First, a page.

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US Dollar Slips versus Euro, Yen Following Dismal GDP, Durable Goods

US Dollar Slips versus Euro, Yen Following Dismal GDP, Durable Goods

Christopher Vecchio, CFA, Senior Strategist

THE TAKEAWAY: USD Gross Domestic Product (Annualized) (2Q T) > +1.3% versus +1.7% expected, prior +1.7% > USD Durable Goods Orders (AUG) > -13.2% versus -5.0% expected, prior +3.3% > USDJPY BEARISH

The data splurge at 08:30 EDT / 12:30 GMT could not be characterized as anything other than ‘disappointing,’ as both major US data releases severely undershot estimates and pointed to a significantly weaker US economy. There is little doubt that if the Federal Reserve did not implement QE3 at its September meeting, it definitely would have in October after seeing today’s releases.

The second quarter US Gross Domestic Product figure was revised down to an annualized rate of +1.3% from +1.7%, a surprising development considering not one estimate, according to a Bloomberg News survey, had expected a revision this low. In part, the decline was due to a slowdown in consumption: Personal Consumption fell to +1.5% from +1.7% in the second quarter. This is important because consumption accounts for nearly 75% of the aggregate GDP figure.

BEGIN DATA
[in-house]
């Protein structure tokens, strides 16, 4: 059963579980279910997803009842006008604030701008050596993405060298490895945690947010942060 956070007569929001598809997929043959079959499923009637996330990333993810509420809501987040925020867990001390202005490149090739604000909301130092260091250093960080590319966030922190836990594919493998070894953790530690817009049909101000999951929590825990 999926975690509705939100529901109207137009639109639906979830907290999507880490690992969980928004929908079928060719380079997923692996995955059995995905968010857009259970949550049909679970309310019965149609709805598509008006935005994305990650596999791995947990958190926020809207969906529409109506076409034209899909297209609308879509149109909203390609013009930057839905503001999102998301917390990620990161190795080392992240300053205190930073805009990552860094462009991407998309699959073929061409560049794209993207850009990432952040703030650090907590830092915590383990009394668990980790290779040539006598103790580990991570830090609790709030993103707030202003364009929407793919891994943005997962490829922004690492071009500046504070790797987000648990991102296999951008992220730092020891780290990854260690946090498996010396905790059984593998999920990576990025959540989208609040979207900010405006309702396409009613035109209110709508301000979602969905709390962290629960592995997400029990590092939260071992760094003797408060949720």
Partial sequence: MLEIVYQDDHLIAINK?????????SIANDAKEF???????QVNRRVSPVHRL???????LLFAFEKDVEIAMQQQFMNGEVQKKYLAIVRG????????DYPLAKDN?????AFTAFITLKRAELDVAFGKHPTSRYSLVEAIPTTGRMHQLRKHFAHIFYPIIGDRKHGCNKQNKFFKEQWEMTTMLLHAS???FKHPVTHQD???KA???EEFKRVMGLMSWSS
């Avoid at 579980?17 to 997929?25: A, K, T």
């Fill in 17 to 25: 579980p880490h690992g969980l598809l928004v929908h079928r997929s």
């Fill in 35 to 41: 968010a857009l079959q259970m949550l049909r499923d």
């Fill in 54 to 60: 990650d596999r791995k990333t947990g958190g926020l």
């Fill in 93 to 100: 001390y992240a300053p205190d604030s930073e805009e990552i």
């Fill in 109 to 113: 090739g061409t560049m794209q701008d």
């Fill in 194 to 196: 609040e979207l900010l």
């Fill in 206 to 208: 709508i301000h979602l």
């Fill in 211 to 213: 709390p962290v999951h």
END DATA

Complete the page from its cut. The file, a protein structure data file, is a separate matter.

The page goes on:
Also due out ahead of the US cash equity open was the Durable Goods Orders print for August, which missed massively. Orders contracted by -13.2% from last month, versus -5.0% m/m forecasted, according to a Bloomberg News survey. If there is a silver lining to the print, it’s that Capital Goods Orders (Non-Defense) ex-Aircraft gained by +1.1% m/m (though the July figure was revised down to -5.2% m/m from -3.4% m/m).

USDJPY 1-minute Chart: September 27, 2012

US_Dollar_Slips_versus_Euro_Yen_Following_Dismal_GDP_Durable_Goods_body_Picture_7.png, US Dollar Slips versus Euro, Yen Following Dismal GDP, Durable Goods

Charts Created using Marketscope – Prepared by Christopher Vecchio

Following the release, the USDJPY dropped from 77.66 to as low as 77.57, before rebounding to 77.62, at the time this report was written. The US Dollar was generally weaker across the board, with the Australian Dollar and the Euro perking up against the world’s reserve currency after the release as well.

--- Written by Christopher Vecchio, Currency Analyst

To contact Christopher Vecchio, e-mail

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